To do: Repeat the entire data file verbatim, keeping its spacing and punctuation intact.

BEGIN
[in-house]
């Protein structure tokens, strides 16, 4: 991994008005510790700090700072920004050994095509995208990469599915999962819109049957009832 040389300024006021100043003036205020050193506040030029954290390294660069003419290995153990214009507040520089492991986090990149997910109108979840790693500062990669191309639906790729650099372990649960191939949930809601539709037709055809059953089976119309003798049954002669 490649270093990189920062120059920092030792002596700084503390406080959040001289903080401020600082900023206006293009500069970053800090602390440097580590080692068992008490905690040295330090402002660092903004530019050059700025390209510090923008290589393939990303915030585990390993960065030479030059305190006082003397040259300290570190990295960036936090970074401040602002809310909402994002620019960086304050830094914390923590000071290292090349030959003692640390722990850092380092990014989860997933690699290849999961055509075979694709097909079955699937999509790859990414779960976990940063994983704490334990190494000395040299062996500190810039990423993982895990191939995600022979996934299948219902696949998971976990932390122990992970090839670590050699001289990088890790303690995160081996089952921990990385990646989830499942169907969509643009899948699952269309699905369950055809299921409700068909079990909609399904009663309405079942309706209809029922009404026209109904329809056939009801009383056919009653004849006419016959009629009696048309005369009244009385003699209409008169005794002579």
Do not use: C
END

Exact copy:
[in-house]
């Protein structure tokens, strides 16, 4: 991994008005510790700090700072920004050994095509995208990469599915999962819109049957009832 040389300024006021100043003036205020050193506040030029954290390294660069003419290995153990214009507040520089492991986090990149997910109108979840790693500062990669191309639906790729650099372990649960191939949930809601539709037709055809059953089976119309003798049954002669 490649270093990189920062120059920092030792002596700084503390406080959040001289903080401020600082900023206006293009500069970053800090602390440097580590080692068992008490905690040295330090402002660092903004530019050059700025390209510090923008290589393939990303915030585990390993960065030479030059305190006082003397040259300290570190990295960036936090970074401040602002809310909402994002620019960086304050830094914390923590000071290292090349030959003692640390722990850092380092990014989860997933690699290849999961055509075979694709097909079955699937999509790859990414779960976990940063994983704490334990190494000395040299062996500190810039990423993982895990191939995600022979996934299948219902696949998971976990932390122990992970090839670590050699001289990088890790303690995160081996089952921990990385990646989830499942169907969509643009899948699952269309699905369950055809299921409700068909079990909609399904009663309405079942309706209809029922009404026209109904329809056939009801009383056919009653004849006419016959009629009696048309005369009244009385003699209409008169005794002579």
Do not use: C